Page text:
Supo Yearbook 2020: Terrorism threat assessment shows changed scenario on the extreme right
The threat of terrorism in Finland has remained at level 2 (elevated) on the four-point scale, with the most prominent change occurring in the overview of far-right terrorism. The coronavirus pandemic encouraged growth in cyber espionage, with Supo detecting exceptionally intensive State-sponsored cyber espionage operations targeting the formulation of Finland’s foreign and security policy.
Supo has assessed the threat of terrorism in Finland as elevated, corresponding to level two on the four-point scale. While this threat level remained unchanged from the preceding year, conditions on the extreme right are giving greater cause for concern. The updated terrorist threat assessment is included in the 2020 Yearbook published by Supo on 23 March.
The danger of extreme right-wing terrorism has grown in Finland, and Supo has identified far-right operators with the capacity and motivation to mount a terrorist attack. Some indications of concrete preparation have also emerged.
“The far-right counter-terrorism targets identified by Supo are typically linked to the extreme right-wing international online environment,” explains Supo Director Antti Pelttari.
The threat of radical Islamist terrorism has remained at the previous level. The ISIL terrorist organisation is still able to inspire its supporters, and is also seeking to mount attacks in Europe. The foreign fighter phenomenon has increased and strengthened the international connections of radical Islamist operators in Finland. Several people returned to Finland from the Syrian conflict zone in 2020. Most of these returnees are likely to continue operating in radical Islamist networks, for example by recruiting supporters and disseminating extremist ideology.
Supo also monitors and assesses the threat to Finland’s national security posed by the far-left movement and the Kurdistan Workers’ Party (PKK), which the European Union classifies as a terrorist organisation. In Finland the PKK has focused on actively supporting its operations in Kurdish regions. A few volunteers from Finland have joined armed organisations of Kurdish background and travelled to the Syrian conflict zone.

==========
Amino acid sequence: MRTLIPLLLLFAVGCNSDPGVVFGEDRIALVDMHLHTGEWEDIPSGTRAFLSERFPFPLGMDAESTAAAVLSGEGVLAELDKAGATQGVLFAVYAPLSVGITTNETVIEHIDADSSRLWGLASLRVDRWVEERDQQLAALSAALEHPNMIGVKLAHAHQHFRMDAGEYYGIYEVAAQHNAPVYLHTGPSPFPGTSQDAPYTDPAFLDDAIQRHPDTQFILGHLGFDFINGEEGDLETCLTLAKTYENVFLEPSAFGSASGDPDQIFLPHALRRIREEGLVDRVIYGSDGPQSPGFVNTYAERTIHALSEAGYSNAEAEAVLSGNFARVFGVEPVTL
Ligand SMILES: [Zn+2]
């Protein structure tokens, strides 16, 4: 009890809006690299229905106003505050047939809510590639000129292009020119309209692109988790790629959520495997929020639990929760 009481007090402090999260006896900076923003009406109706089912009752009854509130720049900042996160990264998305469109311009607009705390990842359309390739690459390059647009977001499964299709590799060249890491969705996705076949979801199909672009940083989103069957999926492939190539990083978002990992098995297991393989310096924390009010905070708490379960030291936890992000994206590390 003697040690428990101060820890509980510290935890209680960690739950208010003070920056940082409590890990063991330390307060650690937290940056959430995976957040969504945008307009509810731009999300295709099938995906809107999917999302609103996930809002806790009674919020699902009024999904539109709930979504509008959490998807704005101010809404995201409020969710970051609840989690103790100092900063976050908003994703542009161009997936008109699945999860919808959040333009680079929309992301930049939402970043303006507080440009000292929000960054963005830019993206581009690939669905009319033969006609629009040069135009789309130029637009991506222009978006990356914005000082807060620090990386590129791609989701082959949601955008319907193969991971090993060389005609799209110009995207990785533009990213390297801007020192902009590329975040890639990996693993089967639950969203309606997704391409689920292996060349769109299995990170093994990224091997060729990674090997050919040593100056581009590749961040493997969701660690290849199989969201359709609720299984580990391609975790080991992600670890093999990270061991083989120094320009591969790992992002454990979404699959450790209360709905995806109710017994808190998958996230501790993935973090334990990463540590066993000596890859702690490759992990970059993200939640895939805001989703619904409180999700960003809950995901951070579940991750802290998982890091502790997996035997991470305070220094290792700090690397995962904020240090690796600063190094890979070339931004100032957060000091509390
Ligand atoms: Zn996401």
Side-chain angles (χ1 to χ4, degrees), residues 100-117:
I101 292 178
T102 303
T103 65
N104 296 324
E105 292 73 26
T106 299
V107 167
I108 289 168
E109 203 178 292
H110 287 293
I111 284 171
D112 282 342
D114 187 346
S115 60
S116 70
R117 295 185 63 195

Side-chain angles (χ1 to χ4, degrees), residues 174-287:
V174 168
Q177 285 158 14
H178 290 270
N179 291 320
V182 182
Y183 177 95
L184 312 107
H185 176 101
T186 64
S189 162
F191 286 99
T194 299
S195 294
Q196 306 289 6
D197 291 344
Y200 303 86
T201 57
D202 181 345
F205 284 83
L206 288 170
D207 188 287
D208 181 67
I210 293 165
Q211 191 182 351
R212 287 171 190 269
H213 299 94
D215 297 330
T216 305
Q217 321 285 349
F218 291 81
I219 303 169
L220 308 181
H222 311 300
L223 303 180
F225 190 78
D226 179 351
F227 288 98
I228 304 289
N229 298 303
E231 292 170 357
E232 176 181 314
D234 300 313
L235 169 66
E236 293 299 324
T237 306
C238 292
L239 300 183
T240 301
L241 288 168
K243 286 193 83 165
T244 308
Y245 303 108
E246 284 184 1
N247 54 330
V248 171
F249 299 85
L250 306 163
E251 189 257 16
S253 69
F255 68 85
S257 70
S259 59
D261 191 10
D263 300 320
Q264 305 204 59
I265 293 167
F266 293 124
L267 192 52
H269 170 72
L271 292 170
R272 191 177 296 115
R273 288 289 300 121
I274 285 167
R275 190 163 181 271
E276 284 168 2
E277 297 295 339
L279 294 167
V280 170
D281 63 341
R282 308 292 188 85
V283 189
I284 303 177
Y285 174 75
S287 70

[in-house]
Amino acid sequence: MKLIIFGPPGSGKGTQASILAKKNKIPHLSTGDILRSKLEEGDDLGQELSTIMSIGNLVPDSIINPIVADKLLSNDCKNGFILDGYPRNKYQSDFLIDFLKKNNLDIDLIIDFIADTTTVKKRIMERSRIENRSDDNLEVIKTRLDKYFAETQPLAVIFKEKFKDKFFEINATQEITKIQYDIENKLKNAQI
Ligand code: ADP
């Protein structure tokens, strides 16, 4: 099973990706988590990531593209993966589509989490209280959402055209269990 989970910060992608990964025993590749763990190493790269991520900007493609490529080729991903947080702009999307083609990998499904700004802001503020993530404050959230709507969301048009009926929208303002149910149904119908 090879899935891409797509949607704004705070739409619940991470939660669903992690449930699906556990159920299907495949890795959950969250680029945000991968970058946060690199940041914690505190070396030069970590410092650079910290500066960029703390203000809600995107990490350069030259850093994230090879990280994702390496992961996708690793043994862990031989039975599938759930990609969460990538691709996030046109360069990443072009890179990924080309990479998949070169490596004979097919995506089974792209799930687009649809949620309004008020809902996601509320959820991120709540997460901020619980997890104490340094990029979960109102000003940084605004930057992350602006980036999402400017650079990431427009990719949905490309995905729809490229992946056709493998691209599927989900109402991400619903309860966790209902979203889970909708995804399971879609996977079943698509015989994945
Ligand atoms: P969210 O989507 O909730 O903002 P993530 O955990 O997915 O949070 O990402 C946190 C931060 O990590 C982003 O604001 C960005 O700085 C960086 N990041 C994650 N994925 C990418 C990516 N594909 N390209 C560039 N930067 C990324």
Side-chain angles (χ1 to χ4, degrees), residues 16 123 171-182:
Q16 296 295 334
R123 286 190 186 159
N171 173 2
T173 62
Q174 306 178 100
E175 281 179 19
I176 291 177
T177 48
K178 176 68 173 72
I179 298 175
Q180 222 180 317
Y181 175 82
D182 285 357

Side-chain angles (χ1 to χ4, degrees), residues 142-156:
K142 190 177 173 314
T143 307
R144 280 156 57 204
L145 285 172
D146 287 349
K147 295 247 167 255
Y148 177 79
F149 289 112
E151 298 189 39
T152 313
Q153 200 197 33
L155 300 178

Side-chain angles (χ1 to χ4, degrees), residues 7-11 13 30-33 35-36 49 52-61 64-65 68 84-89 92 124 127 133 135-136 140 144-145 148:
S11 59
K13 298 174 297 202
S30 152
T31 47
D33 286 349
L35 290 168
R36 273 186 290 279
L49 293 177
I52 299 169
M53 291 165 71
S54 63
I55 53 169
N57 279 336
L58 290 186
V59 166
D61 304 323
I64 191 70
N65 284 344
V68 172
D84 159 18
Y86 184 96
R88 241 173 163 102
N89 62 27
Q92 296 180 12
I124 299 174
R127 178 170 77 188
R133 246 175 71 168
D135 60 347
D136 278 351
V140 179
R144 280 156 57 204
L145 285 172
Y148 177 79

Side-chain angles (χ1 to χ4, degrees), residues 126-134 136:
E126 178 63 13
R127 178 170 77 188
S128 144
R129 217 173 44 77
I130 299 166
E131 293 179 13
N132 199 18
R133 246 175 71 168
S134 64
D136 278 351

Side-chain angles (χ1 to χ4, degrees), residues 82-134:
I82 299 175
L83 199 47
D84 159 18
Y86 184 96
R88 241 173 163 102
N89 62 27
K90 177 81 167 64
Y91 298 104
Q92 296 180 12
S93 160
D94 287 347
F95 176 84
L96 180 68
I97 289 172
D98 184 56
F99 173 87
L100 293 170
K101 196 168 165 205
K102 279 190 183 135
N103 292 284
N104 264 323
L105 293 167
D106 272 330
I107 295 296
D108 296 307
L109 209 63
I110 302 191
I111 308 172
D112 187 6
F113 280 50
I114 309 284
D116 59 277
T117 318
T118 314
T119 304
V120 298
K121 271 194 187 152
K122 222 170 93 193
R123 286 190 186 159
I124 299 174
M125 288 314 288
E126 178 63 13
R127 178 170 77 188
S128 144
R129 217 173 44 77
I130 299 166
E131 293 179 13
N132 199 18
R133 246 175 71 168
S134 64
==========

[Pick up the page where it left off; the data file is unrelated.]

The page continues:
Intensive State-sponsored cyber espionage attempts detected in Finland
The coronavirus pandemic shifted many functions of society onto remote connections, leading to an increase in information available online. Some intensive State-sponsored cyber espionage operations targeting preparations for formulating Finland’s foreign and security policy were detected in 2020.
Supo issued early warnings to government organisations concerning cyber espionage operations that appeared to be seeking intrusion into e-mail services. Supo assisted in limiting damage and gathered information about the attacks for other public authorities. Some cyber espionage targeting private businesses was also detected, but not appreciably more than in a normal year.
Supo has grown with its new functions
2020 was the first full operating year in which Supo was able to apply its latest intelligence-gathering powers. With a total of some 500 employees, the Service has now reached the staffing level that was anticipated when the new intelligence legislation took effect.
“Even though full implementation of new practices and intelligence methods is still ongoing, Supo is already beginning to resemble a modern security and intelligence service,” Antti Pelttari explains.
The new intelligence legislation allows Supo to acquire intelligence concerning threats to national security, even without a concrete cause to suspect that any criminal offence has occurred. These powers have proved necessary, for example, in combating threats to critical infrastructure.
The confidence of the Finnish public in Supo has also reached a record high level, with a clear majority (91 per cent) expressing either a very high or at least fairly high degree of trust in the Security and Intelligence Service.
For further details, please contact:
Supo communications unit, tel. +358 50 402 6981, [email protected]